• Alex Nitkin
    OCT 11, 2021

    Library system needs a capital budget to keep building maintenance ‘on par’ with other cities, commissioner says

    Harold Washington Library. “It would be wonderful” if the Chicago Public Library took on its own capital budget for building construction and maintenance, library system Comm. Chris Brown said Friday. [Facebook/Chicago Public Library]

    The Chicago Public Library system has no dedicated funding source for new construction or maintenance of its 81 citywide locations — and that should change, the head of the system and multiple aldermen said Friday.

    The library system “does not have a capital budget,” Comm. Chris Brown told aldermen during a Friday morning budget hearing. The $85 million department has enough money to oversee what Brown called “care projects,” like repainting or replacing carpets.

    “But large, full renovations require us to be partnering with developers..., looking at funding at the state level or partnering with our aldermen to look at TIF [tax-increment financing],” Brown said, adding that the lack of a capital budget has forced the library system to “get creative” to find funding for big projects — like how it partnered with Related Midwest and the Chicago Housing Authority to rebuild the Roosevelt branch. 

    The difficulty has not gone unnoticed among aldermen. Ald. James Cappleman (46), said he had to tap his aldermanic menu funds to replace carpeting at the Uptown library and is still trying to fill a pothole on the branch grounds that he called “unacceptable.”

    “I have no idea how to get that done,” Cappleman said. “We have to get that addressed.”

    Ald. Sophia King (4) agreed, saying even the downtown Harold Washington Library, which is located in her ward, “needs some tender loving care.” Brown said the library system scored $1 million from the state to “make sure we’re coming out of COVID in the right way” by adding spaced seating and plexiglass. But King said the sum is “not enough, obviously.” 

    “We’ve got to work out some of those infrastructure needs, since you serve such an important role,” King said.

    The Chicago Public Library system is in line for $32 million in state-sourced grants next year, all earmarked for specific capital projects, Brown said. The sum includes $15 million for work on the Back of the Yards branch, $7 million for the Galewood branch and $10 million earmarked for “general library construction,” he said.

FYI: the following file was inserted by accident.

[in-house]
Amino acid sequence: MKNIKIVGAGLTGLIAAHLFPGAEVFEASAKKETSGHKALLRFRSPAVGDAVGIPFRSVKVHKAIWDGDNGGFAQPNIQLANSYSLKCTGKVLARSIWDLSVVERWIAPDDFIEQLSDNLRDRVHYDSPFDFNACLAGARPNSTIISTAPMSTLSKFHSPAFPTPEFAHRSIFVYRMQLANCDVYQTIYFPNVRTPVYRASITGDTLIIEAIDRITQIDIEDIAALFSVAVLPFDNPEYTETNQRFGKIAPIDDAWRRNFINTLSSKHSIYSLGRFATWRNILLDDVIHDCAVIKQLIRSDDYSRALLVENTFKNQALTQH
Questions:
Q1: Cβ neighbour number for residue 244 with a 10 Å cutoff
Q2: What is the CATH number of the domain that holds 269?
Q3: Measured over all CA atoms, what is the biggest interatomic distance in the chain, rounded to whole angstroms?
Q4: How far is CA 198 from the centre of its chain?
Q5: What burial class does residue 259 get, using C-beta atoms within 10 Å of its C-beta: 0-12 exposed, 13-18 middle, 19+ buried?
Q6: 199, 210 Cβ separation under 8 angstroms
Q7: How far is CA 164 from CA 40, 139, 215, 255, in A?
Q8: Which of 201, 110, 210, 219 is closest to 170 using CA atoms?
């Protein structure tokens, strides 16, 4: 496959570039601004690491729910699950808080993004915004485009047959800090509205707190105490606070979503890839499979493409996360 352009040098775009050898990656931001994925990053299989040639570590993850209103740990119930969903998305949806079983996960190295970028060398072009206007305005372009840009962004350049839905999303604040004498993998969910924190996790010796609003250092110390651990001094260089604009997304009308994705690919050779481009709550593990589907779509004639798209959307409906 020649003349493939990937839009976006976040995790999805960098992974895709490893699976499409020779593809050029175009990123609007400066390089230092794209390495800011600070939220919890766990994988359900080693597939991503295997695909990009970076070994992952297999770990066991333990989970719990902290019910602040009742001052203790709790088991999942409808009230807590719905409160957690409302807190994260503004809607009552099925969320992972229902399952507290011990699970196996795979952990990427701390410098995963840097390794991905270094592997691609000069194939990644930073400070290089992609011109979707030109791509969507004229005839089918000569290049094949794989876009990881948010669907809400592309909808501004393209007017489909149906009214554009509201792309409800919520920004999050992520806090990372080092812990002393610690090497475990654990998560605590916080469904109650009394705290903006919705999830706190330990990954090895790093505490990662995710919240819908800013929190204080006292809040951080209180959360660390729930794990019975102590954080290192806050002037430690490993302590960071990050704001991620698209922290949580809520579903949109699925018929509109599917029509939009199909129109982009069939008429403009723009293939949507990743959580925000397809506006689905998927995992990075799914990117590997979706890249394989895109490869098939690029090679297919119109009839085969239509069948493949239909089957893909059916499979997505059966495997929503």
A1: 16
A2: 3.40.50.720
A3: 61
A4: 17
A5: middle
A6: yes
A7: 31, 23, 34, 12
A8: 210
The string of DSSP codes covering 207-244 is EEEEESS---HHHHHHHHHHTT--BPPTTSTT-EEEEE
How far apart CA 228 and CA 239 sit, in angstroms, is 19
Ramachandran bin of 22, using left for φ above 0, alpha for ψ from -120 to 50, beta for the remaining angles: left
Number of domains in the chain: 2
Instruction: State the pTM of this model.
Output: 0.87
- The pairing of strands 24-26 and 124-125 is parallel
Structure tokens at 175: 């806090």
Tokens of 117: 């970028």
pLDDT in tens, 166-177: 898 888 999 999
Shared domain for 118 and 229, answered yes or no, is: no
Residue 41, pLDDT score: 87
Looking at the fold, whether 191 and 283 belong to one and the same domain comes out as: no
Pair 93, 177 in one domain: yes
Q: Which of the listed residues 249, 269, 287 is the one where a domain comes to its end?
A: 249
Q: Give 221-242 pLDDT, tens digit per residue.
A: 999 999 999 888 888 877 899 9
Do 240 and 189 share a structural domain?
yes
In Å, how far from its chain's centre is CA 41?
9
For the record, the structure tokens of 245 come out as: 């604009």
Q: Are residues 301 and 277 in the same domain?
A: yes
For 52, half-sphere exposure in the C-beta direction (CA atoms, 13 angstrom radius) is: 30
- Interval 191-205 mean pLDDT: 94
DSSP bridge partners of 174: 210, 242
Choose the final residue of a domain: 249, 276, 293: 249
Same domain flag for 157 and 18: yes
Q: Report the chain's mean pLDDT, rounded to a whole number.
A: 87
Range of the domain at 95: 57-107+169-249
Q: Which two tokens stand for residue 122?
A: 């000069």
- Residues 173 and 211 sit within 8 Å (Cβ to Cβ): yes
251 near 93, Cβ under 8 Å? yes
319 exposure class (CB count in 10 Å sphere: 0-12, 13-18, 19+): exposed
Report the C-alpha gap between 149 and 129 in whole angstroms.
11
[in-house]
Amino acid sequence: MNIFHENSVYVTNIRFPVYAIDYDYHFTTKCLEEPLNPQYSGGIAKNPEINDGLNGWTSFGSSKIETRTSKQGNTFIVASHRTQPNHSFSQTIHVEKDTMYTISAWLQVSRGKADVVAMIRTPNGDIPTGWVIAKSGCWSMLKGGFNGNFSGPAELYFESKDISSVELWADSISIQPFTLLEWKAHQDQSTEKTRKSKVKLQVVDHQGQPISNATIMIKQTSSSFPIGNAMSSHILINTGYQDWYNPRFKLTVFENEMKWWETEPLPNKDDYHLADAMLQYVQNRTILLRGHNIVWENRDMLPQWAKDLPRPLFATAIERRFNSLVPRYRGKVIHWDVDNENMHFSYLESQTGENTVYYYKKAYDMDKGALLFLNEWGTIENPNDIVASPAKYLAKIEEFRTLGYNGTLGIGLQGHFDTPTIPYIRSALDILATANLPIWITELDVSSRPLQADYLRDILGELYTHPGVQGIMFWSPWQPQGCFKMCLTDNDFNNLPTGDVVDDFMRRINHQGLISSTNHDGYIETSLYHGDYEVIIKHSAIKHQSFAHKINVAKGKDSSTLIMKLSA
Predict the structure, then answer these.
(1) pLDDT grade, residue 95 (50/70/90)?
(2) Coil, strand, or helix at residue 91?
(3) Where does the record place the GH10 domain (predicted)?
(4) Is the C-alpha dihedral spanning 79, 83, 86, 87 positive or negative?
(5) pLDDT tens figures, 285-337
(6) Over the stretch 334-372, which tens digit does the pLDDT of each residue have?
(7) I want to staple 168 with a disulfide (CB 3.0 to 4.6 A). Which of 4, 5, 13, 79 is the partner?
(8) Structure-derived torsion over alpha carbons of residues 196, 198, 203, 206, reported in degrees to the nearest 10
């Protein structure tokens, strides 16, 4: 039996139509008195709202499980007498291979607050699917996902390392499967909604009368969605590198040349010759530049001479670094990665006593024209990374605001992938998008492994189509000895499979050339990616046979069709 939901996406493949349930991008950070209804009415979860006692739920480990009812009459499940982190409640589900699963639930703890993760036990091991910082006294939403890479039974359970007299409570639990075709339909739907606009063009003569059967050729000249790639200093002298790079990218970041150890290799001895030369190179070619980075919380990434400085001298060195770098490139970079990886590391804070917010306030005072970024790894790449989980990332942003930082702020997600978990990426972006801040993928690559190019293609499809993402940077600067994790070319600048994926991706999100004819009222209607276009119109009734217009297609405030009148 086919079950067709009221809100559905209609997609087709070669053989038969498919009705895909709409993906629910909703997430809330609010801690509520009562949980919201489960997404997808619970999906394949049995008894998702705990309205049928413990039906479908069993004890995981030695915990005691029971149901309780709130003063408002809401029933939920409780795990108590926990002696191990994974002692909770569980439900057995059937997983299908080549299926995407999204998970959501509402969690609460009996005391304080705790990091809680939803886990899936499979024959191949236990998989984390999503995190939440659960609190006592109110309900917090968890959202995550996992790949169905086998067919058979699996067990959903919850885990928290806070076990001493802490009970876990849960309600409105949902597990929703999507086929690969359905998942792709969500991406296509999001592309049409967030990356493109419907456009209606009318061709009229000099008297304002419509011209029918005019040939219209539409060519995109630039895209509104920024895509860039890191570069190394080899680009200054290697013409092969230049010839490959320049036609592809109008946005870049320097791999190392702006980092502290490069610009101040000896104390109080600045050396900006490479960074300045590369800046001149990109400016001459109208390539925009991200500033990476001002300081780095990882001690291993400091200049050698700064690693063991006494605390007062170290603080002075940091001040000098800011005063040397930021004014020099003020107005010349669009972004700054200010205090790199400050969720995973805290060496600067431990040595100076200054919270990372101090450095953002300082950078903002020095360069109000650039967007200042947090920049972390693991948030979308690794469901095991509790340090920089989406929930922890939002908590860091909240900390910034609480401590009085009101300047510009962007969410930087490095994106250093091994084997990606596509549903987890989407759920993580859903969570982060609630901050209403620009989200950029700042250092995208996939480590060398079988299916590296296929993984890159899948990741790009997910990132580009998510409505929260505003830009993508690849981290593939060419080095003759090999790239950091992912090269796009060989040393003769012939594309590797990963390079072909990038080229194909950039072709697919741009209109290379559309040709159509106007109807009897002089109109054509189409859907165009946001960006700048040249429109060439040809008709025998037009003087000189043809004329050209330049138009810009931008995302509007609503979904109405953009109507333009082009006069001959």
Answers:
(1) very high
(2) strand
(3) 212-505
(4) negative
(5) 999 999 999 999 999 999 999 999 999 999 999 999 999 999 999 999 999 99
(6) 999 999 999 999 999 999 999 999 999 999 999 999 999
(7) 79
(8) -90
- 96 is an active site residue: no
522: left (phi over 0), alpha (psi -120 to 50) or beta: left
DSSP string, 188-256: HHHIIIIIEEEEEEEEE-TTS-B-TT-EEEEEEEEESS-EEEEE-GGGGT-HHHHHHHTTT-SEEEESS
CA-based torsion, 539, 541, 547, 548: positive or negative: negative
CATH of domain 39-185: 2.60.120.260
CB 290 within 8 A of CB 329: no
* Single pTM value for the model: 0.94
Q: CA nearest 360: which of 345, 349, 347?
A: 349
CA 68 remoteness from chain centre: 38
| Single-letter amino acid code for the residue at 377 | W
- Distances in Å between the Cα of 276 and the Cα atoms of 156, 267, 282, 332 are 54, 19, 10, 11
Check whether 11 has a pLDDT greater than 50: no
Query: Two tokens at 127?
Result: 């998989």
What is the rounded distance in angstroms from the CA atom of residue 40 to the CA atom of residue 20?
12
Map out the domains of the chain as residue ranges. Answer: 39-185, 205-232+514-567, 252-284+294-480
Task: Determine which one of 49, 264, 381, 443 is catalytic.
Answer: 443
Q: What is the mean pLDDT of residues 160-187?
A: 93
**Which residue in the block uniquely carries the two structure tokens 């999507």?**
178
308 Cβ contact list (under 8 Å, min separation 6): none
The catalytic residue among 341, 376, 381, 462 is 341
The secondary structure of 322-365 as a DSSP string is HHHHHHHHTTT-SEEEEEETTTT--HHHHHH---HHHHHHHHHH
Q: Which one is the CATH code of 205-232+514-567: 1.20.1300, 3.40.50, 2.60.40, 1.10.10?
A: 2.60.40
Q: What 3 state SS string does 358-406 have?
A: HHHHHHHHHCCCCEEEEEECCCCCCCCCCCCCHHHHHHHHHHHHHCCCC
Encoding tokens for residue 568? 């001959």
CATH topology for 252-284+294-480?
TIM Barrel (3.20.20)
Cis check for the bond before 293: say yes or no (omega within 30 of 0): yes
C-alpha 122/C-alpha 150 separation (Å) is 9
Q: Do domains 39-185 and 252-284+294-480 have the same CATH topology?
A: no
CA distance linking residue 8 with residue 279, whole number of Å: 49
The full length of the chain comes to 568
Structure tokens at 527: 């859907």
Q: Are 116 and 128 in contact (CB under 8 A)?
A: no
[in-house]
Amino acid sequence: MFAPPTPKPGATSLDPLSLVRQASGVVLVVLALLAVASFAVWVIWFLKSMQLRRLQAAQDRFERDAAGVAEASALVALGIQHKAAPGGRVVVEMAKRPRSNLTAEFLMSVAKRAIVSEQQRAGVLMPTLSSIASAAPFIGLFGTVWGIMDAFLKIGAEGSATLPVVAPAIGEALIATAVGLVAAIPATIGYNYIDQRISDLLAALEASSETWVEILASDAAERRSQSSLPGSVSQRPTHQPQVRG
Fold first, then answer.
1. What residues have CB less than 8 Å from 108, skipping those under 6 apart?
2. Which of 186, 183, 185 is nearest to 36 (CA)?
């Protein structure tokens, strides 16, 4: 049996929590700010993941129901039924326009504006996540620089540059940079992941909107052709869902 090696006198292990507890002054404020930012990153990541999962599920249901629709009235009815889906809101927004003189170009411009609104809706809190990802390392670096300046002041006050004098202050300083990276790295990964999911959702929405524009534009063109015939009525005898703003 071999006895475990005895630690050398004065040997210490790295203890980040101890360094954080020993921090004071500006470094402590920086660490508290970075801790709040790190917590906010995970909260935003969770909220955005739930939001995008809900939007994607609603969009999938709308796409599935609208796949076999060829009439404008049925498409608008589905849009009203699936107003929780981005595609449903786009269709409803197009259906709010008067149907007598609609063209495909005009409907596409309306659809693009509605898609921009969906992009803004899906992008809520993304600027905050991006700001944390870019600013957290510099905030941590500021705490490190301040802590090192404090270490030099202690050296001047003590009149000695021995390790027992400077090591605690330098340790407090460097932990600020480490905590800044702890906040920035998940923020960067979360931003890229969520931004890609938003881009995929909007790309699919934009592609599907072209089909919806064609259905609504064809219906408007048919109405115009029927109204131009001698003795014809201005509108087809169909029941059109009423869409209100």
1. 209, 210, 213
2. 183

“It would be wonderful if one day we can get our own capital budget and get on par with some of those other large city library systems,” Brown said. But for now, the library system spends about 88 percent of its budget on personnel, with the rest dedicated to “collections,” as in maintaining and growing the system’s supply of books and digital materials.

    The department’s “collections budget” is set to grow by about 25 percent next year thanks to an extra $10 million from the city’s Library Fund. The boost will “allow us to be more responsive to requests for popular material” and “expand digital access” to newspapers and other resources, Brown said.

    Ald. Raymond Lopez (15) called on leaders of the library system to raise its property tax levy or “create a new funding stream” dedicated to capital projects so library officials are not “returning to this body for every single project” with requests for tax-increment financing or menu funds.

    “Not all libraries are in [tax-increment financing districts], which means when you have a library outside of a TIF, that's just on a normal street, our options are severely limited if there's any improvement or upgrade to be had,” Lopez said. “We have a lot of folks who are not in TIFs, and if we’re only relying on that, we’ll…only pay lip service to equity.”

    Lopez also noted that the Library Fund has an approximately $716,000 line item in Mayor Lori Lightfoot’s 2022 budget proposal labeled for “capital outlay.”

    “There’s money for a capital outlay,” Lopez said. “What is stopping you from having a capital plan?”

    Brown could not account for the line item, noting that he has served in the commissioner role for less than a year. Lightfoot appointed Brown to the role in December following the retirement of previous library Comm. Andrea Telli.


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